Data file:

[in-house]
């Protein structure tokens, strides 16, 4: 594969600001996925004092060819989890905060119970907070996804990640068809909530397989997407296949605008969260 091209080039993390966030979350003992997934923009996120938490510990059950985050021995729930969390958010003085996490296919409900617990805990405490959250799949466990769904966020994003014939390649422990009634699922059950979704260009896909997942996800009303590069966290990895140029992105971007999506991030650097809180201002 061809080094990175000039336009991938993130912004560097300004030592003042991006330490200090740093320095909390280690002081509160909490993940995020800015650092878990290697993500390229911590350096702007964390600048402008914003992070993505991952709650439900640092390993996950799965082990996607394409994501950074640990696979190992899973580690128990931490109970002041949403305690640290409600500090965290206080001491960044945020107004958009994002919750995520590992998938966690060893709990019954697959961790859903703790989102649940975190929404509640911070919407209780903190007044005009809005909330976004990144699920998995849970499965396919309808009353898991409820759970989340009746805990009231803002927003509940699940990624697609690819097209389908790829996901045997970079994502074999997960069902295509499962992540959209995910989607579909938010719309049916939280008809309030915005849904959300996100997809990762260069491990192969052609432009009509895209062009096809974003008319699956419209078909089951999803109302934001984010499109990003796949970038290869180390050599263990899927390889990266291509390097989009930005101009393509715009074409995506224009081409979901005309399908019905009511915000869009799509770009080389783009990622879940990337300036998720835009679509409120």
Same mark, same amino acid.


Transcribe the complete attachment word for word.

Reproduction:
[in-house]
């Protein structure tokens, strides 16, 4: 594969600001996925004092060819989890905060119970907070996804990640068809909530397989997407296949605008969260 091209080039993390966030979350003992997934923009996120938490510990059950985050021995729930969390958010003085996490296919409900617990805990405490959250799949466990769904966020994003014939390649422990009634699922059950979704260009896909997942996800009303590069966290990895140029992105971007999506991030650097809180201002 061809080094990175000039336009991938993130912004560097300004030592003042991006330490200090740093320095909390280690002081509160909490993940995020800015650092878990290697993500390229911590350096702007964390600048402008914003992070993505991952709650439900640092390993996950799965082990996607394409994501950074640990696979190992899973580690128990931490109970002041949403305690640290409600500090965290206080001491960044945020107004958009994002919750995520590992998938966690060893709990019954697959961790859903703790989102649940975190929404509640911070919407209780903190007044005009809005909330976004990144699920998995849970499965396919309808009353898991409820759970989340009746805990009231803002927003509940699940990624697609690819097209389908790829996901045997970079994502074999997960069902295509499962992540959209995910989607579909938010719309049916939280008809309030915005849904959300996100997809990762260069491990192969052609432009009509895209062009096809974003008319699956419209078909089951999803109302934001984010499109990003796949970038290869180390050599263990899927390889990266291509390097989009930005101009393509715009074409995506224009081409979901005309399908019905009511915000869009799509770009080389783009990622879940990337300036998720835009679509409120």
Same mark, same amino acid.